Legacy of the POD
By Laura Mills
Back in March, when I decided to put my house up for sale, I loaded a 12 x 6-foot POD with things I figured my daughter and I wouldn’t miss for a few months. The POD was placed in storage somewhere I don’t remember, and honestly, I haven’t thought about it since—except for a brief moment each month when my credit card statement has reminded me about the fee.
I’ve lived in my new house a little over two months now, and I was correct: we haven’t really missed a thing in there. Truthfully, I don’t even remember what exactly is in my POD, other than a rocking chair, a nightstand, holiday decorations, the old crib mattress, maybe a lamp or two, and miscellaneous toys and knick-knacks. It’s been kind of nice, actually, having an amorphous place like “storage” in which to hide these things that I wanted to keep yet can obviously live without. Also, it’s been comforting to be able to assume that anything still unaccounted-for waits for us there. (“Where are those jeans? Oh, they must be in the POD, in storage.”)
Yet I can’t go on paying the monthly fee forever, so I’ve arranged for my POD to arrive home next week. I’m nervous, as I’m still in the process of unpacking all the boxes the movers delivered back in July. What in the world am I going to do with all that additional stuff? I’ve had visions of me not even opening the POD, of instead selling it to the highest bidder sight-unseen with a wish for peace and happiness. It’s tempting. But more than likely I’ll unload it all into my garage. I’ve promised myself that I’ll comb through the items and weed out again…. But determining what I don’t need and then purging are two different beasts; letting go is, I know, harder—a lot harder—than just thinking or saying I’ll do it.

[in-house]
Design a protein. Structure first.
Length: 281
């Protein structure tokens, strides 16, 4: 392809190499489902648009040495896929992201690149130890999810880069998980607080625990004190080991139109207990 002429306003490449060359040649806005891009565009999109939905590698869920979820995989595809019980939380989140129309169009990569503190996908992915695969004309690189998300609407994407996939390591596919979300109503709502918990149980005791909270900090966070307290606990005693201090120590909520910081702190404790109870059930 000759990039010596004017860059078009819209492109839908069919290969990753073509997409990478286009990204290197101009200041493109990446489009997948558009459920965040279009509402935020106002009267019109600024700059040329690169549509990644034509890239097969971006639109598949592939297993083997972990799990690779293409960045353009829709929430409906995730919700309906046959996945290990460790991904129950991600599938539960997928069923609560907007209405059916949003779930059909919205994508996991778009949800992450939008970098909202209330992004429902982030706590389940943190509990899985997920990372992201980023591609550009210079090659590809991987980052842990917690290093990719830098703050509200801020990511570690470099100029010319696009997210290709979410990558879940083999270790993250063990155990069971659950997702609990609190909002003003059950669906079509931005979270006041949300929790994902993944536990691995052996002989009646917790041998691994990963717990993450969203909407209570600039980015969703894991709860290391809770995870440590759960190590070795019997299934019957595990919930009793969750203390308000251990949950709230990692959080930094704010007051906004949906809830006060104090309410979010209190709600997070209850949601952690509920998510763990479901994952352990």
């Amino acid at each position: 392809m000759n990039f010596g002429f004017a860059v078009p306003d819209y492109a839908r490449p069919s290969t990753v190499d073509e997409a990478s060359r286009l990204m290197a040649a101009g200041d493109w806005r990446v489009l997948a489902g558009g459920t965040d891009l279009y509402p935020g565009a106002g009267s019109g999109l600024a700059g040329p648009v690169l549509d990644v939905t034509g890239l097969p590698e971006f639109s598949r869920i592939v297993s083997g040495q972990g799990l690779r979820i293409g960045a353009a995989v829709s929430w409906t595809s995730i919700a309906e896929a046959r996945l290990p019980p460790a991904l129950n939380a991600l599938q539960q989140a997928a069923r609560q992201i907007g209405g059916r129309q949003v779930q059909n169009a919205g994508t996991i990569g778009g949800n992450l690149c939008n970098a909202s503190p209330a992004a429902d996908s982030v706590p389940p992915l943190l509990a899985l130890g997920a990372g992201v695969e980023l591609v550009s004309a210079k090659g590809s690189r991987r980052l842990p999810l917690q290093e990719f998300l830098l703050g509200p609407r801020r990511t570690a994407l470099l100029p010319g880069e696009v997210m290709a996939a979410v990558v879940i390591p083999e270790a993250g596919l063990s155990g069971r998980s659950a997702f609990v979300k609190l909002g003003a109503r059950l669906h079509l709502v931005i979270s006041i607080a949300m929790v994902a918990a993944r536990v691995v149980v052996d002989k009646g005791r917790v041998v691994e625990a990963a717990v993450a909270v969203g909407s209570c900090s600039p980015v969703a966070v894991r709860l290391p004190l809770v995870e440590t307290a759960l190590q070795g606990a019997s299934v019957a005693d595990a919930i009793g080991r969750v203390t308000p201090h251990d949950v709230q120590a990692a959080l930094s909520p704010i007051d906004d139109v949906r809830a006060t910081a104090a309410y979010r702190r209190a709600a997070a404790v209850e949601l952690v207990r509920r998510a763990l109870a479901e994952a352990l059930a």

By Laura Mills
If there’s one lesson I’ve had hammered into my brain in the last few years, it’s that almost nothing in this world is one-hundred-percent certain. Even with the best-laid plans and the most-organized calendars—even with the most-sincere promises—almost nothing is absolutely guaranteed. Life’s unreliability is what brought me to yoga in the first place; if everything up to that point had worked out as planned, I wouldn’t have sought physical and emotional healing in the first place. It was strange irony that what brought me down led me directly onto the mat that raised me up….
….BECAUSE, it was on the mat that I discovered the one thing in this world that IS one-hundred-percent certain. I discovered the one thing in which I can place my trust without fear or even thought of disappointment: my breath. As long as I’m alive, an exhale will follow each inhale, and an inhale will follow each exhale. There may be more or less time in-between depending on what I’m doing—whether I’m practicing vigorous Vinyasa or restorative yoga, for example, or whether I’m sleeping or running—but the pattern of inhale-exhale-inhale-exhale will never change.
As yogis, as a rule, we are taught the importance of the breath. It’s what moves prana, or life energy, through the body, but it is also so much more. It’s the sweet certainty on which I can focus when all else seems up-in-the-air and unstable. It’s the one thing I can keep with me no matter where I go, what I do, or what I plan…or hope…or fear…. It’s the foundation on which I can re-build whatever needs rebuilding, one inhale, one exhale at a time.
Atlas of Yoga
By Laura Mills